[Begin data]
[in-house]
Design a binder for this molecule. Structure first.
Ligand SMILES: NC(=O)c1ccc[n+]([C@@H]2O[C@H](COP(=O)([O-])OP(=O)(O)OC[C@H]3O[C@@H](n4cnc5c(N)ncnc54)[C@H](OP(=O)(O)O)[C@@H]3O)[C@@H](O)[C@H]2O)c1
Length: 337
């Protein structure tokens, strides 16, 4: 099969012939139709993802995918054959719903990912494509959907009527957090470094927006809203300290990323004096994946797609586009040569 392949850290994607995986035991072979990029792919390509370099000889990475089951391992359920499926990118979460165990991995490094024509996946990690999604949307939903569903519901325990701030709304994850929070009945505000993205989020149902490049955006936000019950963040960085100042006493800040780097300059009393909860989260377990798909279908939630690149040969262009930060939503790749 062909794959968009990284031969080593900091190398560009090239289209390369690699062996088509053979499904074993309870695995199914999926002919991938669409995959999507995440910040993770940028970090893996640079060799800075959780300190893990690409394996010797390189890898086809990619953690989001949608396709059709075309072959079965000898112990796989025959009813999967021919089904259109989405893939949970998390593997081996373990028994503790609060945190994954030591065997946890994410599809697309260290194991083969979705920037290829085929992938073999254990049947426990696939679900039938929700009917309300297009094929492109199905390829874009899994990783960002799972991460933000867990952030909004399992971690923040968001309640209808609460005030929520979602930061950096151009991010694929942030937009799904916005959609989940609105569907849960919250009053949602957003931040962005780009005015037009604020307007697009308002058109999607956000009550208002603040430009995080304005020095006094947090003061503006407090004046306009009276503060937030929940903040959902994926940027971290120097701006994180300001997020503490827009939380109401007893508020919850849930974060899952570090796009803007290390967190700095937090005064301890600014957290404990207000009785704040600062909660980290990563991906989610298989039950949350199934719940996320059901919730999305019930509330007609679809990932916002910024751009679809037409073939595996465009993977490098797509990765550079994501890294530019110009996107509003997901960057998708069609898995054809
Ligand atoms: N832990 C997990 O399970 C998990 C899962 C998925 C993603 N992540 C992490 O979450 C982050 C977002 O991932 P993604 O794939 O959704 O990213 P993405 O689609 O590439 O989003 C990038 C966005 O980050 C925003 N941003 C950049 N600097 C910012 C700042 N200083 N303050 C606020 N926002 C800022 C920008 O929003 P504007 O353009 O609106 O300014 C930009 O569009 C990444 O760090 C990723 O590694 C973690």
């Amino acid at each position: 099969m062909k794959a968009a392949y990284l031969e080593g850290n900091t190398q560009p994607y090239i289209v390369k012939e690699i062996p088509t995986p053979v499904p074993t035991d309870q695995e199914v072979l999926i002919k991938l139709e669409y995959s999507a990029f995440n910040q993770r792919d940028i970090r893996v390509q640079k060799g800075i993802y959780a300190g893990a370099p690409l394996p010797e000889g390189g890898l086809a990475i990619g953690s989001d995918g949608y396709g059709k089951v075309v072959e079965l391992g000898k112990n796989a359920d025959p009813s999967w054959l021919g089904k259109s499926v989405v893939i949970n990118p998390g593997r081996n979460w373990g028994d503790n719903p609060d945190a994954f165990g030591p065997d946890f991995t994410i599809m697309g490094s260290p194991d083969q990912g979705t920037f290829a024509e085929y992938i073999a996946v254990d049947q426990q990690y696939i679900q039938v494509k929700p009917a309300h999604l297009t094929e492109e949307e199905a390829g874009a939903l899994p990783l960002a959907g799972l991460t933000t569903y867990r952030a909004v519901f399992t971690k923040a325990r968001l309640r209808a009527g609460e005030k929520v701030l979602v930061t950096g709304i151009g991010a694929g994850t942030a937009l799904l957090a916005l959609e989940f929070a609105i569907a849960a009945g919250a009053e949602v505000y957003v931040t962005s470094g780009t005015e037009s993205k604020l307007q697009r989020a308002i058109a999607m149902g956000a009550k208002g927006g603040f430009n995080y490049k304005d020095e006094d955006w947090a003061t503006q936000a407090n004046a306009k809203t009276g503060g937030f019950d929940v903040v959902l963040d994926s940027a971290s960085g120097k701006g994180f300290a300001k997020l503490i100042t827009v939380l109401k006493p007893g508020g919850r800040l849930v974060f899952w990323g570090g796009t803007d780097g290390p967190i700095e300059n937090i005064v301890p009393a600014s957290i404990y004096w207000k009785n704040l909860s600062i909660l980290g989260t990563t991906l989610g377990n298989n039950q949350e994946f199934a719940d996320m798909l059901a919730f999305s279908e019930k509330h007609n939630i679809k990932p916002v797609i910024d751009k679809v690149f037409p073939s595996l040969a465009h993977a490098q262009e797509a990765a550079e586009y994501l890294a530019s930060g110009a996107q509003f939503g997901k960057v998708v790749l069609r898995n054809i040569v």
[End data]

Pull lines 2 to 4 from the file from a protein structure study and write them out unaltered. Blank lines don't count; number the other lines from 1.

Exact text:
Design a binder for this molecule. Structure first.
Ligand SMILES: NC(=O)c1ccc[n+]([C@@H]2O[C@H](COP(=O)([O-])OP(=O)(O)OC[C@H]3O[C@@H](n4cnc5c(N)ncnc54)[C@H](OP(=O)(O)O)[C@@H]3O)[C@@H](O)[C@H]2O)c1
Length: 337